If you file Chapter 13 bankruptcy through a Carbon Hill bankruptcy lawyer, you should be aware of the process involved. Importantly, your case is filed with the Clerk of the U.S. Bankruptcy Court and notice is sent to all creditors, your attorney and to you. This is just the first stage of the case. You will also have a hearing before the trustee who will make sure that the information contained in the petition is true and accurate. The next important phase is the confirmation hearing. This is where you want the trustee to be in a position to recommend to the judge that your payment plan should be approved. This is not always the case with the trustee.
Every once in a while a bankruptcy Chapter 13 trustee will object based on some issue which really was not germane to the case in the first place; thus, most judges are not listening to the Chapter 13 trustee’s objection and if there’s not creditor objection the motion to extend the stay will likely be granted.
Whatever your situation is you want to listen to the advice of your bankruptcy attorney. You want to disclose all the transfers and all of the property that you have in either form of bankruptcy case to your bankruptcy attorney. Let your attorney guide you through the process. If your attorney believes that what you did was fraudulent your attorney will hopefully advise you of that fact and you can make actions accordingly. Always heed the bankruptcy advice of your counsel.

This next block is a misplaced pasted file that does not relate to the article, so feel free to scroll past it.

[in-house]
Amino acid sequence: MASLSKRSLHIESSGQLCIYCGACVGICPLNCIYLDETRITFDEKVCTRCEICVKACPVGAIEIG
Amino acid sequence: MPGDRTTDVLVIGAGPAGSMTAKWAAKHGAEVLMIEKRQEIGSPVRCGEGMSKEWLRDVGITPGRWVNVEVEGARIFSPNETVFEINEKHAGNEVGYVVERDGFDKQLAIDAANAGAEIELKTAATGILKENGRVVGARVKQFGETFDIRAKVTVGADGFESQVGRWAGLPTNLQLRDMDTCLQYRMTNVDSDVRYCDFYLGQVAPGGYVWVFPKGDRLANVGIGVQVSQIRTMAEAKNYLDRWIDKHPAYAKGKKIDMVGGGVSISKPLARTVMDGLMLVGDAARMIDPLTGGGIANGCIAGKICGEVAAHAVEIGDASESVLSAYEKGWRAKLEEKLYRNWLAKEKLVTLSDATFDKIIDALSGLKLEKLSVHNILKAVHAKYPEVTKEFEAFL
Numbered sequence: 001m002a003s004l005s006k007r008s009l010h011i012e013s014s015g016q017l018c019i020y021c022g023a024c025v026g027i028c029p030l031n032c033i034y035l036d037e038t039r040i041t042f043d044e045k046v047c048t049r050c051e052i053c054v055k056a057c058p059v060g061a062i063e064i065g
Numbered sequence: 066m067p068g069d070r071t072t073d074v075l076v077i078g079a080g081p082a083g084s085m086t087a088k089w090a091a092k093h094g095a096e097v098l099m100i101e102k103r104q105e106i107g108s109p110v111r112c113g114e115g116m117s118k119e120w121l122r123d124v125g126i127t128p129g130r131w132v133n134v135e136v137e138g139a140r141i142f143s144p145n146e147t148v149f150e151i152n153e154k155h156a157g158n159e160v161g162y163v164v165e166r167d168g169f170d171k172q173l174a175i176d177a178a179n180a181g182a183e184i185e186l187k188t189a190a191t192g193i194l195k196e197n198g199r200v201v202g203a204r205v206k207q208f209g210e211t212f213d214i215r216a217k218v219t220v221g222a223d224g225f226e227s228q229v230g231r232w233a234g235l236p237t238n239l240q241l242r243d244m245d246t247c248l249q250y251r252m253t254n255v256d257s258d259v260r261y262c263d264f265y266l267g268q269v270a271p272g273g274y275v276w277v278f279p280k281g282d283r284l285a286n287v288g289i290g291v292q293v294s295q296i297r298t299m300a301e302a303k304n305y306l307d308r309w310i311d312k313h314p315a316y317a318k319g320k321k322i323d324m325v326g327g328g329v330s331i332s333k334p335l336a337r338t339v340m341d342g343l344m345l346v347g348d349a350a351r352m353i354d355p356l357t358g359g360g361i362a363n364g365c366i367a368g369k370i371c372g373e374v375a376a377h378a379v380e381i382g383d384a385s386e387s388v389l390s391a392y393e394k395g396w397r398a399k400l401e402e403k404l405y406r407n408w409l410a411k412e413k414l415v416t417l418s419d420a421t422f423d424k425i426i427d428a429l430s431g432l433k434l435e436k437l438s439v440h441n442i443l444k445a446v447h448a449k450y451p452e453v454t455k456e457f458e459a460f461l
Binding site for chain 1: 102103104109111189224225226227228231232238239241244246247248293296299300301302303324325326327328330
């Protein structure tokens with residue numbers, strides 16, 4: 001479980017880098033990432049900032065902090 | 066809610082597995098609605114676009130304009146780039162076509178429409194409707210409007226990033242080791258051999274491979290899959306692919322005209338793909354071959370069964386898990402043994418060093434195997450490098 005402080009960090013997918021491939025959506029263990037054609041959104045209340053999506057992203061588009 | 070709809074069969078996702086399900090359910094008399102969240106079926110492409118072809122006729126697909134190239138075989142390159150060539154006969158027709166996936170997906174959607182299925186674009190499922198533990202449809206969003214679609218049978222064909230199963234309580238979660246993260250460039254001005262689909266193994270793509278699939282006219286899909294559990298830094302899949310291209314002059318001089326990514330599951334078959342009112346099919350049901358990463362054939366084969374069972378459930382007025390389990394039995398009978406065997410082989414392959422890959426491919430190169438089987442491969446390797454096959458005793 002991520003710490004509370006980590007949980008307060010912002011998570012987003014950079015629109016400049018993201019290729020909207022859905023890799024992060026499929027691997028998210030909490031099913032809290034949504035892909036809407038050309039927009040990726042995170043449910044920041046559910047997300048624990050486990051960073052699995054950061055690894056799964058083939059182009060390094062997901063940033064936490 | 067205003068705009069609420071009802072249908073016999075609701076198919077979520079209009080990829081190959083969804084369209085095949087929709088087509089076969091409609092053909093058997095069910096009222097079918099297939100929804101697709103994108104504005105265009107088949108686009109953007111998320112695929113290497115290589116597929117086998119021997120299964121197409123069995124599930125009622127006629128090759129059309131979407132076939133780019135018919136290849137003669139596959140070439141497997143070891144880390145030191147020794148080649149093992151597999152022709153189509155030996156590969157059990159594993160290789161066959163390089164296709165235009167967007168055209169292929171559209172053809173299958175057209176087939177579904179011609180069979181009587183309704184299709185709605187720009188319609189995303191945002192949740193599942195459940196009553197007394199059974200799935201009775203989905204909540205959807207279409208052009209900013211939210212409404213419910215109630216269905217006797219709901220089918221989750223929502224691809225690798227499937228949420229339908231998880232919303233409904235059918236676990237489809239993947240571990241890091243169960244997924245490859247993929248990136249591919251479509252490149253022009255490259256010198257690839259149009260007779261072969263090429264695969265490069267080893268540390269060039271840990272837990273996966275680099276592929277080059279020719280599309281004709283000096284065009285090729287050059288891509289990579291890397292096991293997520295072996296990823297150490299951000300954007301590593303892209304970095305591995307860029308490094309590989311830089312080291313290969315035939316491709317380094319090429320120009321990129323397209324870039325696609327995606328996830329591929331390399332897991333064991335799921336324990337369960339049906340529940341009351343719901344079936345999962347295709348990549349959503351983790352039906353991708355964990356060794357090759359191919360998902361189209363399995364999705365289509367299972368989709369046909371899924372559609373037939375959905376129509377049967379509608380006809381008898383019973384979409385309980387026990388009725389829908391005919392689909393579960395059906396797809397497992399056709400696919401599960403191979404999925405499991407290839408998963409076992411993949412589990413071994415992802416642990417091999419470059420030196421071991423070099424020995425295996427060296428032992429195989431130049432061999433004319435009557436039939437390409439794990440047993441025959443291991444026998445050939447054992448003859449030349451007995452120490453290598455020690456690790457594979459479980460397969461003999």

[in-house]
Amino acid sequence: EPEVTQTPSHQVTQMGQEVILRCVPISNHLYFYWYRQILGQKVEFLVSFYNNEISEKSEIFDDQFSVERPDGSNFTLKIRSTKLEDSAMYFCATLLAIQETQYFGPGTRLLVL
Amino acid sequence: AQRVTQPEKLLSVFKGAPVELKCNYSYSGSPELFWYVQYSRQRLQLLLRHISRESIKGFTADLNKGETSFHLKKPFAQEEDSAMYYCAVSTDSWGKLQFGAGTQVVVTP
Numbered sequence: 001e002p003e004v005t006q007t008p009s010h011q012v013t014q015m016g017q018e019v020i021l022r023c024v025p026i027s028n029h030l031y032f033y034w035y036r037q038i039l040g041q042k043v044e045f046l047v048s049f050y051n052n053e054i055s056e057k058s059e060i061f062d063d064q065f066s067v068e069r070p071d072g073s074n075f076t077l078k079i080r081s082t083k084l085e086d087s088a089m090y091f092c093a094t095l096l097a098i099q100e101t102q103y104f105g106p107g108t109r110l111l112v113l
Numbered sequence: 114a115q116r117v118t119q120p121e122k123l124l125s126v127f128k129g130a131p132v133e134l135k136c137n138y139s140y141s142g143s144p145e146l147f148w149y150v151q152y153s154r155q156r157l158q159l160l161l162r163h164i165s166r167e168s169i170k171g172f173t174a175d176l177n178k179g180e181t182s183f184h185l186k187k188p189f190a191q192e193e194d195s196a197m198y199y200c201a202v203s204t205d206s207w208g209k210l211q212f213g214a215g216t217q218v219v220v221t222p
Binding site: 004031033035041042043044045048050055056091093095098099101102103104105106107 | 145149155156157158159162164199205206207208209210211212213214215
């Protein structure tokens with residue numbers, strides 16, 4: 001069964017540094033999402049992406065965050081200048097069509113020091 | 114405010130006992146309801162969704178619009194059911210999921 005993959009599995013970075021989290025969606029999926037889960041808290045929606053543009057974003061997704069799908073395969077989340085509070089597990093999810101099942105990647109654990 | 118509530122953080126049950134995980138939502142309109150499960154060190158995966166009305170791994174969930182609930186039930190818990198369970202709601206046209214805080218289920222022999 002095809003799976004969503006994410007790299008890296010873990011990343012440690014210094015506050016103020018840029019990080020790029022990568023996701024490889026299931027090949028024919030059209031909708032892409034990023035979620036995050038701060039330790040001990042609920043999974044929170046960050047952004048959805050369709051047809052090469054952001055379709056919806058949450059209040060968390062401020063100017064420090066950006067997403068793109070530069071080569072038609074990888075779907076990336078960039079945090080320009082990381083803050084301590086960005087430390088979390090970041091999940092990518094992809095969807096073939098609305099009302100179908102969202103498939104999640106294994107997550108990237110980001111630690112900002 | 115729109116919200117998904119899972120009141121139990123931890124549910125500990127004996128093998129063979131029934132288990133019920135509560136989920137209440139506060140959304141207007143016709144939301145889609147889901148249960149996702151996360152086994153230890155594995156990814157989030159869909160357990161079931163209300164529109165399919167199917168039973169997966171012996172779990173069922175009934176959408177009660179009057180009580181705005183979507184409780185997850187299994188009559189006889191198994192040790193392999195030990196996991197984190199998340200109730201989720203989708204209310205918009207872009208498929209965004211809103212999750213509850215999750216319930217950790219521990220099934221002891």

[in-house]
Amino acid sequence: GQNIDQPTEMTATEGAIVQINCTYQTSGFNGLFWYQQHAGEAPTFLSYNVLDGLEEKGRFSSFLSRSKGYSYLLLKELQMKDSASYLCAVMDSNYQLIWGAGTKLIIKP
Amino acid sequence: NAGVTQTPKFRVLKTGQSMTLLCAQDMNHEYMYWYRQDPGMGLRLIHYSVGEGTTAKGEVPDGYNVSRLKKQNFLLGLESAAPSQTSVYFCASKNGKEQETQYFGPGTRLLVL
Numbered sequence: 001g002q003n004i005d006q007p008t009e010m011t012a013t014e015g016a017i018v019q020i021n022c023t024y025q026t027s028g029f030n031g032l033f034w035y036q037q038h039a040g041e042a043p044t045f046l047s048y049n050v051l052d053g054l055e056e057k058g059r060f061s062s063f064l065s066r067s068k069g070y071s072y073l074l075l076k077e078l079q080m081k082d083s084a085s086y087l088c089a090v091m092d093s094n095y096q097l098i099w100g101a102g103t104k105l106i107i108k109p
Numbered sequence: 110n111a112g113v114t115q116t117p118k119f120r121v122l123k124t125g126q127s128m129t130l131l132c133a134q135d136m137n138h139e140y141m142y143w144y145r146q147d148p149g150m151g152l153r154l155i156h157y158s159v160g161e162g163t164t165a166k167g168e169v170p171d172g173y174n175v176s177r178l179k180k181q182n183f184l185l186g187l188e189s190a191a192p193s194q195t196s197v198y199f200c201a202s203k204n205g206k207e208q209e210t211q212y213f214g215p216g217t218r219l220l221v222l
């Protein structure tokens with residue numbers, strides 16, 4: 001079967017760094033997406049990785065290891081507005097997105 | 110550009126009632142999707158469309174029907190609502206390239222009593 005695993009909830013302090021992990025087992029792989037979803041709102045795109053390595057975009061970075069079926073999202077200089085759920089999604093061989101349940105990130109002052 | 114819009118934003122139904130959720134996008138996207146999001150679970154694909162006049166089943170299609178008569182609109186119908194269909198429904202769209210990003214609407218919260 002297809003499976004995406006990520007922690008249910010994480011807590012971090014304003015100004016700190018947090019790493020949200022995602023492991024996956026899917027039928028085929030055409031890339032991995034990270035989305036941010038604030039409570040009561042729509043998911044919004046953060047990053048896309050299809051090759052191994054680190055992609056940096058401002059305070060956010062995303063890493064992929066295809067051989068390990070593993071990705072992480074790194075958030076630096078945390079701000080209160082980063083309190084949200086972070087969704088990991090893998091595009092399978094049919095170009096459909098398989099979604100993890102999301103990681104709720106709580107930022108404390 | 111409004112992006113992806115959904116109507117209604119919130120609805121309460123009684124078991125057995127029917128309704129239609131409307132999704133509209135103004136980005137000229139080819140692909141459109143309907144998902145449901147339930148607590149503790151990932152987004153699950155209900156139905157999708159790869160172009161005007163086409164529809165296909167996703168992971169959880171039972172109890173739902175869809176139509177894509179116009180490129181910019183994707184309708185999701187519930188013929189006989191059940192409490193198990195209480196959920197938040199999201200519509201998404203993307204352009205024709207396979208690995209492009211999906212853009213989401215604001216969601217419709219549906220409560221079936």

If on the other hand you do not disclose something to your trustee it will likely come out to the trustee at the 341 meeting of creditors. This is where you are under oath and you have to answer yes/no questions pertaining to the documents filed in your case. The trustee will also ask you with regard to real estate whether you’ve owned any real estate in the last four years. The trustee also wants to know have you given away or sold anything for less than its fair market value. You do not want to lie under oath to the bankruptcy trustee; you do not want to commit bankruptcy fraud. You are much better off repaying your creditors over time or going through a non-bankruptcy remedy as opposed to getting into trouble with Federal bankruptcy law.
Once again, consult with your local bankruptcy lawyer with regard to any specific questions about your particular case because bankruptcy is serious.